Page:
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East Lansing parents reflect on their 'new normal' following school closures

March 23, 2020
<p>Graffiti is seen on June 6, 2014, at East Lansing High School. Corey Damocles/The State News</p>

Graffiti is seen on June 6, 2014, at East Lansing High School. Corey Damocles/The State News

Photo by Corey Damocles | The State News

Following Gov. Whitmer's announcement March 12, Michigan schools are closed for three weeks to reduce the spread of novel coronavirus in Michigan. The closure included all after-school activities, clubs and athletics. 

At this time, schools are expected to reopen April 13 after spring break but the date is yet to be confirmed according to East Lansing Public Schools Superintendent Dori Leyko. Parents in the East Lansing community shared their opinions on how they are adapting to the situation

“It feels like we have a new normal,” mother of two, Dianna Erickson said. "Kids are adaptable and they can rebound more than (what) you actually give them credit for."

Erickson said the hardest thing is trying to balance their needs while still working remotely.

"My work has been very flexible and I’m grateful that I have the opportunity to work from home," she said. "I have other friends that are not able to yet and it’s made a huge difference in our lives.”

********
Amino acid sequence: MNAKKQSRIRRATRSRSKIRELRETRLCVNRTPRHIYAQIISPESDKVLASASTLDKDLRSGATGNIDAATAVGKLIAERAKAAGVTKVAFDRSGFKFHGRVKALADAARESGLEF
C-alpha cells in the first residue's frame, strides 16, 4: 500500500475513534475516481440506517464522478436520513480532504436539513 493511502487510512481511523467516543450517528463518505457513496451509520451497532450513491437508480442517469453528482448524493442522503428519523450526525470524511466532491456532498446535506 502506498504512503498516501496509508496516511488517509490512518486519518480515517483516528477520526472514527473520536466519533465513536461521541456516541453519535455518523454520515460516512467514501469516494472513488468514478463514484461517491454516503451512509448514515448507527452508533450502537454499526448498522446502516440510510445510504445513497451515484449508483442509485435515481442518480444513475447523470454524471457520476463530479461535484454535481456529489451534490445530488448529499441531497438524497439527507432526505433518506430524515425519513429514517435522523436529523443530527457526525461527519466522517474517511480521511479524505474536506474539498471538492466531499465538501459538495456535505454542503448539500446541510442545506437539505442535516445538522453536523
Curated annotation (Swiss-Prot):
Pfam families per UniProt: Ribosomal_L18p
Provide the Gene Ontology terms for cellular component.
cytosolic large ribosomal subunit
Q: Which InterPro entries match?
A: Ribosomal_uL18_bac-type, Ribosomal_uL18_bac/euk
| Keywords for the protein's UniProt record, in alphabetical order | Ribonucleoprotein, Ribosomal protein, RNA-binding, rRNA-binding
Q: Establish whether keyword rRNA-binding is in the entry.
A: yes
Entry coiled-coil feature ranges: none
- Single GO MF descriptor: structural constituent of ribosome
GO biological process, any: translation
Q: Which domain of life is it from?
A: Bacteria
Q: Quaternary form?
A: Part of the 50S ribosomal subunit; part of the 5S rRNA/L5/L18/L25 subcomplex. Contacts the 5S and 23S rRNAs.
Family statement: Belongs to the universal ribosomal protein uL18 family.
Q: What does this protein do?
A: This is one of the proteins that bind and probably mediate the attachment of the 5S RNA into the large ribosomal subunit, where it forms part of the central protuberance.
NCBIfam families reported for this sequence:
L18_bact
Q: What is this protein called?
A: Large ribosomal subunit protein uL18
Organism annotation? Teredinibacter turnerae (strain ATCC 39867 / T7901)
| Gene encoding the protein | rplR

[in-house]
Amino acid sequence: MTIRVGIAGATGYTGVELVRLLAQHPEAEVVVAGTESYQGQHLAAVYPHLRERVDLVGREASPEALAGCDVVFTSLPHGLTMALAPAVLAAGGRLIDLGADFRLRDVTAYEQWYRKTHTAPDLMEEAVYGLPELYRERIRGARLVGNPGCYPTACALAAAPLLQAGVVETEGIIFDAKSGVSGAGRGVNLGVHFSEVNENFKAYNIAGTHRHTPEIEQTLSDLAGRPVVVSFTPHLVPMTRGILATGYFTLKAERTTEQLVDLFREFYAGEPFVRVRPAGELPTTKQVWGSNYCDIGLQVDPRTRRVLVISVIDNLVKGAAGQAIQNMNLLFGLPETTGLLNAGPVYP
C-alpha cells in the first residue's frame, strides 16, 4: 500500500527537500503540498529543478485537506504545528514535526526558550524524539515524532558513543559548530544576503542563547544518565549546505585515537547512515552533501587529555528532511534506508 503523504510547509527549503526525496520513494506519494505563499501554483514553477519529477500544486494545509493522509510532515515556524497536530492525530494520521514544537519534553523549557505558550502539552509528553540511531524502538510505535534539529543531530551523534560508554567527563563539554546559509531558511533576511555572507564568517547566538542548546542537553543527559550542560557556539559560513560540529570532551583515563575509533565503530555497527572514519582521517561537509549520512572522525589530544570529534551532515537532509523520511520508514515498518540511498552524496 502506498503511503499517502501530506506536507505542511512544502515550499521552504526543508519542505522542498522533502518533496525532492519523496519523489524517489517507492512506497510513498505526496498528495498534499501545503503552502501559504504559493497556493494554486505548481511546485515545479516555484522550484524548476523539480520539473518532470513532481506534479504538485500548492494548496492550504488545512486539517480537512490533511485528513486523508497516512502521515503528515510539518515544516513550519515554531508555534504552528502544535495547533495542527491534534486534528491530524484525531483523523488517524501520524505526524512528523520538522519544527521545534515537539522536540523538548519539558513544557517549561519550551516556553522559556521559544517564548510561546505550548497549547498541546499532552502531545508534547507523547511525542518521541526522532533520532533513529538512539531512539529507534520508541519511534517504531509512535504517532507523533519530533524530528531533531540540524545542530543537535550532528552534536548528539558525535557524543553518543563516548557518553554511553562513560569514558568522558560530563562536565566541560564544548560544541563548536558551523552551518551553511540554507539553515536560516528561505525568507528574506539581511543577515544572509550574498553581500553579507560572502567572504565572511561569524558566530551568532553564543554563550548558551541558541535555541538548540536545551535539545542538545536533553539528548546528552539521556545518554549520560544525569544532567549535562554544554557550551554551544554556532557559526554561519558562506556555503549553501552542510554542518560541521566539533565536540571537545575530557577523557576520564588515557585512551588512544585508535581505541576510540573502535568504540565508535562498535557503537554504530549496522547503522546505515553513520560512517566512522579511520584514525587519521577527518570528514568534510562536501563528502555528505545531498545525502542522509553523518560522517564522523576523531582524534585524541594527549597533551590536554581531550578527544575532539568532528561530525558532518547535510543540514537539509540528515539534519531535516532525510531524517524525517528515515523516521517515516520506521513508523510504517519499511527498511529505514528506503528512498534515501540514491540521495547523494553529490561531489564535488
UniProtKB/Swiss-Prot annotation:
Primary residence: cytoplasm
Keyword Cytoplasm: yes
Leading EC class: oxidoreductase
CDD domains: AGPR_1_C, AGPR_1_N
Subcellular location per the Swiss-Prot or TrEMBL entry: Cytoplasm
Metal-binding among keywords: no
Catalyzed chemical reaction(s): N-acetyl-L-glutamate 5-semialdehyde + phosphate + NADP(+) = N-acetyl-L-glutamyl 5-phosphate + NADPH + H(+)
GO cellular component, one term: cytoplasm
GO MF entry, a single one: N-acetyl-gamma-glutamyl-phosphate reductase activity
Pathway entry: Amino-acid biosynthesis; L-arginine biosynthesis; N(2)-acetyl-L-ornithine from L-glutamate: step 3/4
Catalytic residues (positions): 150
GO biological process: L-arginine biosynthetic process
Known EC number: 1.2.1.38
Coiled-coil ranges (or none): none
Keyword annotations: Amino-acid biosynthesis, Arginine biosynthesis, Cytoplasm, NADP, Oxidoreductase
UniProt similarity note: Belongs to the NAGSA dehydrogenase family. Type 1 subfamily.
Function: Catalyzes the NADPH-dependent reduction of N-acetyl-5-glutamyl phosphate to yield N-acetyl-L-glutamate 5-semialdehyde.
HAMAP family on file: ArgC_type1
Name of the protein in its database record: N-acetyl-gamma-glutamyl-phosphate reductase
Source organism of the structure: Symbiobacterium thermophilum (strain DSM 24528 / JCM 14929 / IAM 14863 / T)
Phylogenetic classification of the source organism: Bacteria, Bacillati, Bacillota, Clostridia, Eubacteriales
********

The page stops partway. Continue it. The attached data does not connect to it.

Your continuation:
Erickson has a 14-year-old son who attends East Lansing High School and a 10-year-old daughter enrolled in Marble Elementary School. Erickson said she feels lost at times on what to do as a parent of a teenager in the current situation.

“I’m trying to help him navigate through what he is feeling, as well as trying to have him still stay connected to his friends,” Erickson said. “But I also want to limit the electronics which is hard because that’s how they communicate.”

Owen Blank, who has a child in the sixth grade, said he found the school’s communication to be fine but thought that not all things needed to be cancelled. Blank was disappointed that the parent-teacher conferences were cancelled but he didn't have any complaints or issues with the school.  

“I’m a little torn,” Blank said. "On one hand I understand from the public health standpoint of having everybody together in a place does raise the risk a little bit. But also, it could be hardship for people that need to get their kids watched for a long time … it’s hard to find three weeks worth of childcare.”

Mother of a kindergartener and a first-grader, Kelsey Padgett said closing the schools was the right thing to do because social distancing is making a difference in limiting the spread of the virus. She said the schools communicated what the plan was effectively to parents after Gov. Whitmer announced that schools would be closing.

“I was a teacher so I feel that I have the right tools and we have the internet,” Padgett said. “ ... I think for parents that don’t have those resources, it might be kind of hard for them. And some of them have work because they’re hourly paid or they can’t or don't have resources to stay home with their children, they’re going to have a harder time with this.”

Padgett writes a blog and has been sending it to other parents so they have an idea of how to get their kids out of their room during the pandemic.

“Just take your time to be with your family and distance yourself from everyone else,” Padgett said. “Enjoy the time with your kids. You’ll never have that time again so just take advantage of it.”

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